Grandma Smith's House

Grandma Smith’s House

Ah…just looking at the picture brings back memories from childhood.  The screen door we ran in and out of constantly, the L-shaped side porch with its potted red geraniums, the long counter Grandma worked at perched on her stool, the worn wooden stairs we played on, the soft, comfy beds crowded into the room.  All of us “Smith Cousins” have many wonderful memories of Grandma’s house before it burned down in 1976.

I’m not sure when the house was built, but I suspect it was built sometime in the late 1800’s by Grandpa Smith’s dad, Charles M. Smith.  The land the house was built on, the “home place”, was purchased from the Burlington & Missouri River Railroad Co. by Charles M. Smith on 11 Sep 1873[i], being the Northwest quarter of Section 29, Township 9, Range 2 West.  At the time of his purchase, Charles M. Smith resided in Agency City, Wapello County, Iowa.  Shortly after, Charles, and his wife, Mary Jane (Howell), along with several members of her family, made the trek west to settle in York County.  A few years later, in 1877, Charles M. made a Homestead claim for adjoining land lying just to the east (North half of the southwest quarter of Section 28, Township 9, Range 2 West)[ii].  According to the homestead papers, the family resided on the homestead land from 1 Aug 1877 until at least March 1883, which included a sod house, stable, granary, cellar and well.  My guess is that sometime after the homestead was “proved” (they had to live on the land for 5 years), Charles built the house on the land purchased from the railroad…the house we knew as “Grandma’s House”.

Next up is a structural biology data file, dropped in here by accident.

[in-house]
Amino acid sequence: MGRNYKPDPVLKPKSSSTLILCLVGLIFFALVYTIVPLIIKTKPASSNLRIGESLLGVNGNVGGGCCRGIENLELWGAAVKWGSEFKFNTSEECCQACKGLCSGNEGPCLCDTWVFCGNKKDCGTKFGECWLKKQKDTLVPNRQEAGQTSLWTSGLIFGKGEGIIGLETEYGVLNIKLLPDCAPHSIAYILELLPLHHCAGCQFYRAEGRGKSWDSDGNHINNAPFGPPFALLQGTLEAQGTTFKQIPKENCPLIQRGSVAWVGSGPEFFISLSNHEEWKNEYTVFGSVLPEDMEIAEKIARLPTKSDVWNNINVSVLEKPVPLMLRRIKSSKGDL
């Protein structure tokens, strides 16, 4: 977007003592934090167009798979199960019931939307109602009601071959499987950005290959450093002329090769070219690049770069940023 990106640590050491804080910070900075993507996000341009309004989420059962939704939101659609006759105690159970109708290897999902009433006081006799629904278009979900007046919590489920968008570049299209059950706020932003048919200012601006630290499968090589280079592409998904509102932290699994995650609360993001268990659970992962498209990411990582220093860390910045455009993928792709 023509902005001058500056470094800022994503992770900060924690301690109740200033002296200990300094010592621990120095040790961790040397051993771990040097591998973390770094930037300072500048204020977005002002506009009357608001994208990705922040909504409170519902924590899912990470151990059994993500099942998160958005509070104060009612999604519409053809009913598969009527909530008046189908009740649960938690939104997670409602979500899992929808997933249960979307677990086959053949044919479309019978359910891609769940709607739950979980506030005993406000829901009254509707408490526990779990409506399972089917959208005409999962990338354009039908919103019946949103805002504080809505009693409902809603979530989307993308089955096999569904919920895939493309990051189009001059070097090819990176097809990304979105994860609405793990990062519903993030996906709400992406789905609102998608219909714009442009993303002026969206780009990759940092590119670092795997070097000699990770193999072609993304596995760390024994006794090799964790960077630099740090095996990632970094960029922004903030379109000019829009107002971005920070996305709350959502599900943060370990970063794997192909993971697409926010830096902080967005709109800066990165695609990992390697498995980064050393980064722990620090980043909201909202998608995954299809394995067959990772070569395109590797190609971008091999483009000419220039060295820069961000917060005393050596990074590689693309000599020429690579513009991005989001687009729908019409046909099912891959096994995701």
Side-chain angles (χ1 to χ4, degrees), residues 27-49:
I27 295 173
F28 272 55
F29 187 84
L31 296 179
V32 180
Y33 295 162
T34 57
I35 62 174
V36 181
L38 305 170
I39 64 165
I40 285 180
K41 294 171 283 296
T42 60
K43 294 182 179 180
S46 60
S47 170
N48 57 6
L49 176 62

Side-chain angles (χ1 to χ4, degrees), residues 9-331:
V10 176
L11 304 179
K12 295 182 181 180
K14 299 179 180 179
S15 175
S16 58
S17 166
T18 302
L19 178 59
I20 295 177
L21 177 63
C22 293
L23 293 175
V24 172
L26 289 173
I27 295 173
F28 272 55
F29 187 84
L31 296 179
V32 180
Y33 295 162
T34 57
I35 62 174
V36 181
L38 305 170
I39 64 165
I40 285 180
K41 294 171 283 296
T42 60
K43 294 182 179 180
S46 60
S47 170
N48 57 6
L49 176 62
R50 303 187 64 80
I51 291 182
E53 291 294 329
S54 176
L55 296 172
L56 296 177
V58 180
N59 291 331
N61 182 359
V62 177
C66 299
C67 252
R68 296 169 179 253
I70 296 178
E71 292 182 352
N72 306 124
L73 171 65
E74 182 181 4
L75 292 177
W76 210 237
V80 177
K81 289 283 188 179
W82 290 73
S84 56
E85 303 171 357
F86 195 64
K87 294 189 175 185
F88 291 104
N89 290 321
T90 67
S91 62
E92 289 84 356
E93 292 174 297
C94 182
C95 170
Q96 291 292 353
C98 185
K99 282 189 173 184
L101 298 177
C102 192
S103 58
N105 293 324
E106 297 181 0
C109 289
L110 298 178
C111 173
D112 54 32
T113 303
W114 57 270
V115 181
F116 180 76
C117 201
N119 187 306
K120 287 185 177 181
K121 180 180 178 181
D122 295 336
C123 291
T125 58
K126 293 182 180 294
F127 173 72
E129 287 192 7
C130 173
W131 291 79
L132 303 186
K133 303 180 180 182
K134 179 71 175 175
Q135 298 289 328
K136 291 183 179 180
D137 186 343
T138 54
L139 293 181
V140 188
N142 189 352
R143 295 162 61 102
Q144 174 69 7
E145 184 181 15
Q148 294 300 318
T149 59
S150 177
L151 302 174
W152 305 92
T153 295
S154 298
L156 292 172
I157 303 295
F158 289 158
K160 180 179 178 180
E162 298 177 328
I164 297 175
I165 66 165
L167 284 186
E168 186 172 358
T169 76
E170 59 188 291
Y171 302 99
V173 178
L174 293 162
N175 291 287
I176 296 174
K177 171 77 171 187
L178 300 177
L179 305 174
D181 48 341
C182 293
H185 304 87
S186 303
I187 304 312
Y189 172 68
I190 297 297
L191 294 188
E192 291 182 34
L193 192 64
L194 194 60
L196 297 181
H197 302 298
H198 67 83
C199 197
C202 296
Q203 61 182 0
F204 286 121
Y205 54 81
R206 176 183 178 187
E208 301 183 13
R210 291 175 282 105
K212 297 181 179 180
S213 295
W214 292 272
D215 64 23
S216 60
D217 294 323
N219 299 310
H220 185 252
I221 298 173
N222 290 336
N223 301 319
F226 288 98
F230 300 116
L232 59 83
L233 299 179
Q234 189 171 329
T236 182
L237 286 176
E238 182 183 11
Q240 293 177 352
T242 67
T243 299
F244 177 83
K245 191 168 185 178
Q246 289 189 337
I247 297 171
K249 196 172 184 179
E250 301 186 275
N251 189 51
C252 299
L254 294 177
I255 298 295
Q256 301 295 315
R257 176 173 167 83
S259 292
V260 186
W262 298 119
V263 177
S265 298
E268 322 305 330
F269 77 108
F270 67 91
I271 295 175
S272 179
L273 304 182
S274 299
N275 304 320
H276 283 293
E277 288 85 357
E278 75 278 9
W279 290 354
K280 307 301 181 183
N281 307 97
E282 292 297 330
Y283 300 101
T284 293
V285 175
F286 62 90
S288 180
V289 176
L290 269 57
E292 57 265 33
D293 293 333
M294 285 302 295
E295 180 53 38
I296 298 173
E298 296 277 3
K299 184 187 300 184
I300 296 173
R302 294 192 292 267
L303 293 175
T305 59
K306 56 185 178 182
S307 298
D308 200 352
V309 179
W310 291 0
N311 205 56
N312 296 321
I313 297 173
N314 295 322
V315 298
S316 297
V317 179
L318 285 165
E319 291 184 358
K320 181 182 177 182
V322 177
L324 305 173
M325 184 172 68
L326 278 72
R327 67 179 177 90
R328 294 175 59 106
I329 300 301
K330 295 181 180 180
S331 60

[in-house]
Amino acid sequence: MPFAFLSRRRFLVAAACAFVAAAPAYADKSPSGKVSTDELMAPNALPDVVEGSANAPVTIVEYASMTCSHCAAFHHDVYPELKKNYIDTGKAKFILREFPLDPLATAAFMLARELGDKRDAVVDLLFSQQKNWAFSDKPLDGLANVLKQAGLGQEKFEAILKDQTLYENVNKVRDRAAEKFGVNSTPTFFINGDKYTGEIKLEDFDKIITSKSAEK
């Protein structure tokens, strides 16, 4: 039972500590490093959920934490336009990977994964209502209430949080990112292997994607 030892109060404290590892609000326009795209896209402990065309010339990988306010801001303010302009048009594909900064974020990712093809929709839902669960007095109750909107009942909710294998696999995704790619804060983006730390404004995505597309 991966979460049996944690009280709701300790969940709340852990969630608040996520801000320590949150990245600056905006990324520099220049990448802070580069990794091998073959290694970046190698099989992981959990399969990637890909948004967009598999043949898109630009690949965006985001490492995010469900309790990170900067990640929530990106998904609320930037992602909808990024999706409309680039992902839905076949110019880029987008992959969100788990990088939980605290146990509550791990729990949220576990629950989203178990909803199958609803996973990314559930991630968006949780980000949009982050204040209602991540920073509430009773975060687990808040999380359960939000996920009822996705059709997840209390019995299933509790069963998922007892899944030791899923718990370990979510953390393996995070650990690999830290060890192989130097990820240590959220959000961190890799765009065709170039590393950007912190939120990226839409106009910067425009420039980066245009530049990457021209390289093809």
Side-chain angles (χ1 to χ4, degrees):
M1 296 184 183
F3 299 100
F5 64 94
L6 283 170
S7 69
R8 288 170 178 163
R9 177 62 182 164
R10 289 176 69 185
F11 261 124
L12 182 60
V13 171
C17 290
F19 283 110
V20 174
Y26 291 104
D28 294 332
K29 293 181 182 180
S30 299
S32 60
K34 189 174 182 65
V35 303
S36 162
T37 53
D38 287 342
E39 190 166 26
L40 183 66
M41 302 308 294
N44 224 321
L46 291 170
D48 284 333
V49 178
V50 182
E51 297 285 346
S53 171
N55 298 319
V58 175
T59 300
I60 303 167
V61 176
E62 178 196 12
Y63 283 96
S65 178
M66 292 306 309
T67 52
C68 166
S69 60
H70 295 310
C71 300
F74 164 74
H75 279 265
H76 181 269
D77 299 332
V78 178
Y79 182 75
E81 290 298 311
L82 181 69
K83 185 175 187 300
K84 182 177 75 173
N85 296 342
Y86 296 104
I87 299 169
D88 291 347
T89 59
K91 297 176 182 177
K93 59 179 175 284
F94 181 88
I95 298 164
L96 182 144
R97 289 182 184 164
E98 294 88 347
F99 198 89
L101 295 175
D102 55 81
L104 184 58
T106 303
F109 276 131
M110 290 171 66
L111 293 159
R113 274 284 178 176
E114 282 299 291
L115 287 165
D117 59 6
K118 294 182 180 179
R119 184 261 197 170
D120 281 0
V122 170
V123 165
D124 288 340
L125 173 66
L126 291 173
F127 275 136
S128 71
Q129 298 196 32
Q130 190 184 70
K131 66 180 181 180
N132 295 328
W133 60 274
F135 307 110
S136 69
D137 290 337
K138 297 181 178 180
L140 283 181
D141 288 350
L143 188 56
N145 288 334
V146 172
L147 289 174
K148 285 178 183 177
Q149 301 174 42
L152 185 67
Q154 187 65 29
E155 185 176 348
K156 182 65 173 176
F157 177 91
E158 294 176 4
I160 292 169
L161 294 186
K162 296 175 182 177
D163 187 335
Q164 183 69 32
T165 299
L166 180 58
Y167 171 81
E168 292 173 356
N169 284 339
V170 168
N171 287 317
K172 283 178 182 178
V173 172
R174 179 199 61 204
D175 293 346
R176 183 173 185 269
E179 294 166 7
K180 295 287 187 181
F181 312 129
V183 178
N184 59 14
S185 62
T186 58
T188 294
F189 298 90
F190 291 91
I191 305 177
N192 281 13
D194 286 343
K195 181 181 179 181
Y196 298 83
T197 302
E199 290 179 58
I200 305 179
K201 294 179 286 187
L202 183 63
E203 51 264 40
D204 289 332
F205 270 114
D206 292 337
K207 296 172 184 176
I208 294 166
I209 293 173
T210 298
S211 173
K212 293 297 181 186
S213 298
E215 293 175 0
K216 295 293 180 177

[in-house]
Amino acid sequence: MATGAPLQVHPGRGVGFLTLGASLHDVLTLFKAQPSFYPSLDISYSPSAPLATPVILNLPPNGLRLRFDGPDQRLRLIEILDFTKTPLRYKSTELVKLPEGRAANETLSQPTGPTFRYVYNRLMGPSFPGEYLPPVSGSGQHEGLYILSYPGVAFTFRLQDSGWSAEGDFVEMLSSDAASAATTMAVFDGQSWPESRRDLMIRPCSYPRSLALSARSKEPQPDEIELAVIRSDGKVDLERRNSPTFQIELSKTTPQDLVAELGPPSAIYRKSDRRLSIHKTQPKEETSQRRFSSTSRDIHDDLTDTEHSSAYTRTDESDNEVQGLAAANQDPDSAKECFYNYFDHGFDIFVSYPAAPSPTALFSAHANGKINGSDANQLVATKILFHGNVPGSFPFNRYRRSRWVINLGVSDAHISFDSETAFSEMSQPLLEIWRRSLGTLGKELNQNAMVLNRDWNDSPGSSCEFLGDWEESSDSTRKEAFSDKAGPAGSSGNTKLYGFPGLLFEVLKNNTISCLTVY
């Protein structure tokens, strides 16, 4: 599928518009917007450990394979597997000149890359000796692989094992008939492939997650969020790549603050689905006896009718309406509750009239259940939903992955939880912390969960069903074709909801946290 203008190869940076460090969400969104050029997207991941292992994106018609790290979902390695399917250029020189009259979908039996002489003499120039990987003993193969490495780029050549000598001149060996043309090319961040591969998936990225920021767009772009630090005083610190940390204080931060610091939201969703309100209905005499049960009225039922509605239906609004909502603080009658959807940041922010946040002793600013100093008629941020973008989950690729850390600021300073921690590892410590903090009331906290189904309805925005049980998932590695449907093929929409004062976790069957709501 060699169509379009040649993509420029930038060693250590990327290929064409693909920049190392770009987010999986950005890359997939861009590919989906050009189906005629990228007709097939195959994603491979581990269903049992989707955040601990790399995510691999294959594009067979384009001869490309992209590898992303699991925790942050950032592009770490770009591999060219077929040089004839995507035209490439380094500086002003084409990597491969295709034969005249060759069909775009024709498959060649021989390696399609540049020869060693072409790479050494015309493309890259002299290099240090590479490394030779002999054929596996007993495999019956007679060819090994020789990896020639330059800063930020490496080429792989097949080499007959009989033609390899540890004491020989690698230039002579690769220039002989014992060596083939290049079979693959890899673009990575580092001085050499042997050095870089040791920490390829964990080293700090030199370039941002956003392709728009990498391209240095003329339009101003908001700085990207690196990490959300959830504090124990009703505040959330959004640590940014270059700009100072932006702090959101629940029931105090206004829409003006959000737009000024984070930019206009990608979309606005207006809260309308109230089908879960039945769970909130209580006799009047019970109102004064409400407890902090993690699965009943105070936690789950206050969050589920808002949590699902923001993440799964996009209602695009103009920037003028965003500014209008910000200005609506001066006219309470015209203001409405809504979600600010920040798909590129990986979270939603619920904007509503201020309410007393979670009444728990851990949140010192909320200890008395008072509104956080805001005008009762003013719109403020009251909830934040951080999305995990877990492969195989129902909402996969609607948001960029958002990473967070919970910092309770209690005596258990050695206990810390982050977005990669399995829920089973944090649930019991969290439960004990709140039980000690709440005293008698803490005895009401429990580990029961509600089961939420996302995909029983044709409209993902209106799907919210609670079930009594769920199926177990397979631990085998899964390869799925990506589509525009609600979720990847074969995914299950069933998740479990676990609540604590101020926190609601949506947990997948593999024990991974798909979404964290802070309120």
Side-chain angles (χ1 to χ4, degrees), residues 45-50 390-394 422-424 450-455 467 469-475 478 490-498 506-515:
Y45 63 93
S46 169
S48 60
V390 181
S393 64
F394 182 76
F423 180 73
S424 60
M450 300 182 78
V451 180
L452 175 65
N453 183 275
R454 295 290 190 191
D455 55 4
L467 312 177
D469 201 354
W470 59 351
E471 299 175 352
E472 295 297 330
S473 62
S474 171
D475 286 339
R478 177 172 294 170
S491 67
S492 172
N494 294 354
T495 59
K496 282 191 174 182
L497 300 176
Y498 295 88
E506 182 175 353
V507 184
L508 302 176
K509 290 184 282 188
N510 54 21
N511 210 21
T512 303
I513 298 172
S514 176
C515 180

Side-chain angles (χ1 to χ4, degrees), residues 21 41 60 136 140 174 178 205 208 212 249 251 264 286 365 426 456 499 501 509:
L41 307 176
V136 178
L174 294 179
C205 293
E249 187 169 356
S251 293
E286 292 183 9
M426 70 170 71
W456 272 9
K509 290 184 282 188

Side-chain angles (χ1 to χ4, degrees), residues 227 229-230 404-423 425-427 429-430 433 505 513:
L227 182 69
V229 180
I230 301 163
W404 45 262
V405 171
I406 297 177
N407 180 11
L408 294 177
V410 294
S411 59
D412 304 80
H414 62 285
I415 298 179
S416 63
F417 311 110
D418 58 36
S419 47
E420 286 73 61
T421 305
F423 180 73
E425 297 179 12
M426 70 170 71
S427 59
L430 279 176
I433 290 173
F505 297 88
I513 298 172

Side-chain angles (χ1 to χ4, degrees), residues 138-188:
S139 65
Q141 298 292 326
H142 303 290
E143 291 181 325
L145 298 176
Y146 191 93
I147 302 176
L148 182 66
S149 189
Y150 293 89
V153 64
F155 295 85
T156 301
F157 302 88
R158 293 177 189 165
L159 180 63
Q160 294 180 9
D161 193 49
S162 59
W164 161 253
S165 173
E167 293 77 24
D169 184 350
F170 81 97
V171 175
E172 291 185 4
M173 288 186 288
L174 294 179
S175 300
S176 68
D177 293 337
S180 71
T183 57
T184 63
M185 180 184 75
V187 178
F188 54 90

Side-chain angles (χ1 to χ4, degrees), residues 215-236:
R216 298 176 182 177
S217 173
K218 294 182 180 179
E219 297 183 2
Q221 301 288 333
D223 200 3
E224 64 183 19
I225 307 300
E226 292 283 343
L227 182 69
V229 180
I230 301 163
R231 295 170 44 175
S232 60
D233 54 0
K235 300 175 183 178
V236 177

[i] Application to Buy Land in Nebraska, Railroad Land Records (microfilm), Nebraska State Historical Society, Lincoln.

[ii] Charles M. Smith (York County) homestead file, final certificate no. 10658, Lincoln, Nebraska, Land Office; Land Entry Papers, 1800-1908; Records of the Bureau of Land Management, Record Group 49; National Archives, Washington, D.C.